this moment

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when the quiet comes

This popped up from my posts last year. I read it and found it was a nice reminder. Looking back at my thoughts AFTER an event but reading them again just BEFORE an event helped me feel calmer, more mindful and keep perspective going into it again. I like this. I think I’d like to do this more often as a meditation prior to moving into each new season.

barnraised

thanksgivingthe barn has been quiet these days. I don’t mean this literally. It is rare, a quiet barn. I mean, this site. I keep up with my weekly “moment” photos and have been enjoying them. But the cowgirl, she has been short on words.

I sit here in the quiet of Thanksgiving night. Everyone asleep, the horses all brought into their stalls, dinners all fed, the house eerily still after the bustle of the day, dishes done, silence falling all around, cold settling in already at 23 degrees and falling. The ups the downs, the laughters and the disappointments of the day all done. It is now that I find myself drawn once again to words. To writing. To the barn of the soul.

flowers

It is easy to find gratitude in many things, moments, thoughts, feelings. The softness of my daughter’s cheek. The full table of food. The lack of…

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Three more days

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When you can’t make it one more day but you have three more to go.

When you’re on day three of no shower and covered in dust to the point your eyes and throat hurt.

When you wake up and your back throbs from the goat kick you got in the back two days ago trying to pick one up to get it in the bed of the pickup.

When you’ve been to the fair, fed, watered, cleaned pens, then do the same for your friend’s animals because they live further away so you offer to save them the early morning drive, corner and wrestle 2 sheep to get their muzzles off -for the first time in your life, wonder how on earth you ever believed sheep were gentle and sweet, track down a zip tie, fix a broken sign, and drive back home to work the horses that have stood in stalls for too many days, clean all the stalls and pens at home that have been neglected- because this is the first chance you’ve had in three days …by 8:30 AM.

When you sit down for cereal and coffee and a moment of writing to clear your head for the first time in three days. Completely ignoring the sink of dishes and the mud all over the floor because you know you have to be back at the fair in two hours. They won’t die of neglect and they will still be there in 3 more days …unfortunately.

Seeing the pride and sense of accomplishment in my daughter’s eyes wearing her Grand Champion junior division dairy goat belt buckle.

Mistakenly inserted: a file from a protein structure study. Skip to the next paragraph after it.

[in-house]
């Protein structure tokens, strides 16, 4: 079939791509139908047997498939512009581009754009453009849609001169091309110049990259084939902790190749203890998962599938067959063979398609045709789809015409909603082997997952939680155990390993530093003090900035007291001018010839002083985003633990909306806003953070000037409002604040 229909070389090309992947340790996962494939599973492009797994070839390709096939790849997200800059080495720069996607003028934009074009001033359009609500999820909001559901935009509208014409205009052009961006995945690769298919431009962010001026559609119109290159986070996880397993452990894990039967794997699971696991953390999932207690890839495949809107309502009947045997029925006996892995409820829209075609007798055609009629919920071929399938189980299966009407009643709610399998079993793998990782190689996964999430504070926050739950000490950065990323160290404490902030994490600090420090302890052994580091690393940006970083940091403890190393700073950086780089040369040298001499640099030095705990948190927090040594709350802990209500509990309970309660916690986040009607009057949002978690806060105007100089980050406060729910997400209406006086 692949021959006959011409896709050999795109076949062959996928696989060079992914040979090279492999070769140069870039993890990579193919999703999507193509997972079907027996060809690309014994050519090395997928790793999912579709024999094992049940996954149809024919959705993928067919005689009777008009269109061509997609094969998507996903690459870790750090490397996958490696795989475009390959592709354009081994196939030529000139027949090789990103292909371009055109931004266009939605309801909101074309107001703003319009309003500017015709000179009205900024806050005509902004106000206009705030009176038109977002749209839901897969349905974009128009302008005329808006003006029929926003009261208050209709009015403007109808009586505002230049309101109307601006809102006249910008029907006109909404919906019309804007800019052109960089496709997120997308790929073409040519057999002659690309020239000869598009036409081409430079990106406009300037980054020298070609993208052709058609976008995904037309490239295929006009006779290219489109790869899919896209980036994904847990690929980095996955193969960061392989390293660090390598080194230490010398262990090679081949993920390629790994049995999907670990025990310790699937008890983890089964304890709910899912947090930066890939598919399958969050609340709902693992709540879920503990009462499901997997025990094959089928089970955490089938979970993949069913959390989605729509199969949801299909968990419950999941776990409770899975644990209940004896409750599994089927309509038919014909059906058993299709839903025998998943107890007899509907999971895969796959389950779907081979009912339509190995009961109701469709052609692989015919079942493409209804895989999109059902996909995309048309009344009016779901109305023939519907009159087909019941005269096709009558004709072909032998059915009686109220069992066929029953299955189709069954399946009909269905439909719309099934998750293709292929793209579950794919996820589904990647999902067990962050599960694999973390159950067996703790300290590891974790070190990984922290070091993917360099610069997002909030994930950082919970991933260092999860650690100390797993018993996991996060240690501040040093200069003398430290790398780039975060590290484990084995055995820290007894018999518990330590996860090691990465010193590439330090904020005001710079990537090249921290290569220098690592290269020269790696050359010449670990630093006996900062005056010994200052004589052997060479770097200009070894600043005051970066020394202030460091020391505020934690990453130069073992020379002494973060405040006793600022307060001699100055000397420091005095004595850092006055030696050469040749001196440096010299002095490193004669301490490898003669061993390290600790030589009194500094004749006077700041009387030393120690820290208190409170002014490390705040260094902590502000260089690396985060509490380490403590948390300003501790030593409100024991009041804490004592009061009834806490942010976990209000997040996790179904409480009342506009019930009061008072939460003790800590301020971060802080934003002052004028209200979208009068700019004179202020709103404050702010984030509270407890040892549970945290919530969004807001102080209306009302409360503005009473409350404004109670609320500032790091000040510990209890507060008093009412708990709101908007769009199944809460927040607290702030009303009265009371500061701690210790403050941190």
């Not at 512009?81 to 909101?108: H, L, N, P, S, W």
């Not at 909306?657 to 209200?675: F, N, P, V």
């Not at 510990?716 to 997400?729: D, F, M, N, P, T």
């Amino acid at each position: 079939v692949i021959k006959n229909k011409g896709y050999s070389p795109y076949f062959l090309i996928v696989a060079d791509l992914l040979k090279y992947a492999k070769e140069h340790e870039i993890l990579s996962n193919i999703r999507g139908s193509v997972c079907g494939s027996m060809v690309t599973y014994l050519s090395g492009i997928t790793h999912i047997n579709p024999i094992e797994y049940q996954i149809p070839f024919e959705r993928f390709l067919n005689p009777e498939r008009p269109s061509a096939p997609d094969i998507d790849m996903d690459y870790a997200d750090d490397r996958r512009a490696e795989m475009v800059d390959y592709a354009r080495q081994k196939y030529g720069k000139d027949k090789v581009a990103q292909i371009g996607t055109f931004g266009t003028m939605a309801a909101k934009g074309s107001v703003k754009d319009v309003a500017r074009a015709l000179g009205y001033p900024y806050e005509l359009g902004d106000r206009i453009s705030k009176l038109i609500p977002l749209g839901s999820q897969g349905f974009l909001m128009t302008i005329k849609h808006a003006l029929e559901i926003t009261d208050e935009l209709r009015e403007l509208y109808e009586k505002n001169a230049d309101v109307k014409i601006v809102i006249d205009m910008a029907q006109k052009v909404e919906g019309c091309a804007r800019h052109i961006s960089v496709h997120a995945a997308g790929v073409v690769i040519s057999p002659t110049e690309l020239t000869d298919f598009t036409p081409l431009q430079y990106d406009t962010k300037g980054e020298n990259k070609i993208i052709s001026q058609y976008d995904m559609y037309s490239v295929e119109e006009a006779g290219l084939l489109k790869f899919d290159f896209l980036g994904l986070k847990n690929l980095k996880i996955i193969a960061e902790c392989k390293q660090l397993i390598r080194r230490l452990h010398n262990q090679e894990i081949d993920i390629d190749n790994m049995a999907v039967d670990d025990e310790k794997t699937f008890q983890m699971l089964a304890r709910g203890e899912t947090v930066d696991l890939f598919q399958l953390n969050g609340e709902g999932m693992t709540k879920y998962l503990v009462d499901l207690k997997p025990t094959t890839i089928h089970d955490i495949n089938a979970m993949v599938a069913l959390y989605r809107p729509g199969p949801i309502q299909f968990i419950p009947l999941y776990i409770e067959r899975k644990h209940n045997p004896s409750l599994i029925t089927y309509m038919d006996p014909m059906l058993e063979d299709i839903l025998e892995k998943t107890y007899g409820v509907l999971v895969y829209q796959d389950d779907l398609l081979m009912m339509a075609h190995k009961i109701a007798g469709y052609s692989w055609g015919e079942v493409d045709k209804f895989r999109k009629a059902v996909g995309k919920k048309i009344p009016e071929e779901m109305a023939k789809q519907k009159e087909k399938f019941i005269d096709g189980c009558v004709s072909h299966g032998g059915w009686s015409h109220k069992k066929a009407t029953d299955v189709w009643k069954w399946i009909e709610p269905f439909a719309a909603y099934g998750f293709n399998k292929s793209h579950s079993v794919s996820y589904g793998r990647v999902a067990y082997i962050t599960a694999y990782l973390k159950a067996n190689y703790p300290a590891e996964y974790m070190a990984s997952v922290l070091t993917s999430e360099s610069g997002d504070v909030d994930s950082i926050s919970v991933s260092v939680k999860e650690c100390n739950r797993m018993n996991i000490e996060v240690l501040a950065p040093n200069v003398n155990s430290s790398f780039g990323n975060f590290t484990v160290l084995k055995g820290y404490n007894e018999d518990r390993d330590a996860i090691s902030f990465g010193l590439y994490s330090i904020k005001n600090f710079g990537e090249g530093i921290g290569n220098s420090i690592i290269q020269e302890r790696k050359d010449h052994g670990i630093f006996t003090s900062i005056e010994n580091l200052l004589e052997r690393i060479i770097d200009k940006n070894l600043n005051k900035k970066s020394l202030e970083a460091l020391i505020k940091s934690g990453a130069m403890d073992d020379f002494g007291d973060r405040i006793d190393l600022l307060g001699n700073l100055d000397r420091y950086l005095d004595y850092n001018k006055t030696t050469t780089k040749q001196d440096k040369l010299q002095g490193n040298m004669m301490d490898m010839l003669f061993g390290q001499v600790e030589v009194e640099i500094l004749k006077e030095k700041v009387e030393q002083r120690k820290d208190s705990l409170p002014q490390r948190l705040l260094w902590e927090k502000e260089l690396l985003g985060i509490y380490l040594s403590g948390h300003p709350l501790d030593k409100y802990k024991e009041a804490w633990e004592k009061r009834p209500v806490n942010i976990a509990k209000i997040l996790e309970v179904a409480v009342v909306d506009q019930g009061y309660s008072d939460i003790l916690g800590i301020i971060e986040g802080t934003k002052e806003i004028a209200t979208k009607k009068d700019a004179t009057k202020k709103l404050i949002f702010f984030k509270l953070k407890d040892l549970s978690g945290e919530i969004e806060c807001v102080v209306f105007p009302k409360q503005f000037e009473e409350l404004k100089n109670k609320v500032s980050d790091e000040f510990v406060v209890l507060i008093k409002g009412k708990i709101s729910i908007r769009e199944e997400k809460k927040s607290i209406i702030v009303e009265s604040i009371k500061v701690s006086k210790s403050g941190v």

More so, though, seeing her move into adolescence, get pimples on her perfect nose, body start to change, have a growth spurt that leaves her taller than every single friend and peer she has, hair mat up in knots from 3 days of hard work and no time for primping… unless we’re talking goat primping and recognizing that she quite simply doesn’t care. She is barely noticing these things. She wakes up still in her braided pigtails from yesterday’s show, frizzed out and wild and jumps in the truck bright eyed saying “it’s a nice morning”. She doesnt say “how’s my hair?”.  She exudes confidence and passion for life. Sometimes these things rear their head of course, a comment asking if her nose is too big or the like. She’s only human but she moves right past it and gets to work on the important things. I wish I could say the same for myself sometimes. She doesn’t get stuck. She looks to the nice morning and digs right in. When I notice girls about her age prancing about the fair, near the rides, flipping their hair, make-up on, cell phone screens in hand, grouping up, giggling, teasing a boy, looking just slightly insecure underneath it all, remembering those years myself and how hard they are. When I bring myself back to where I’m standing in the middle of all this dust, look around at the girls and boys here who are caring for their animals. When I see the difference and for one quick second thank God. When I glimpse my daughter starting to get panicked over something I would think trivial-like a broken sign showcasing her favorite goat-and realize it is not trivial so I go hunt down a zip tie. Her happiness and calm back. For that, I am going to make it three more days.

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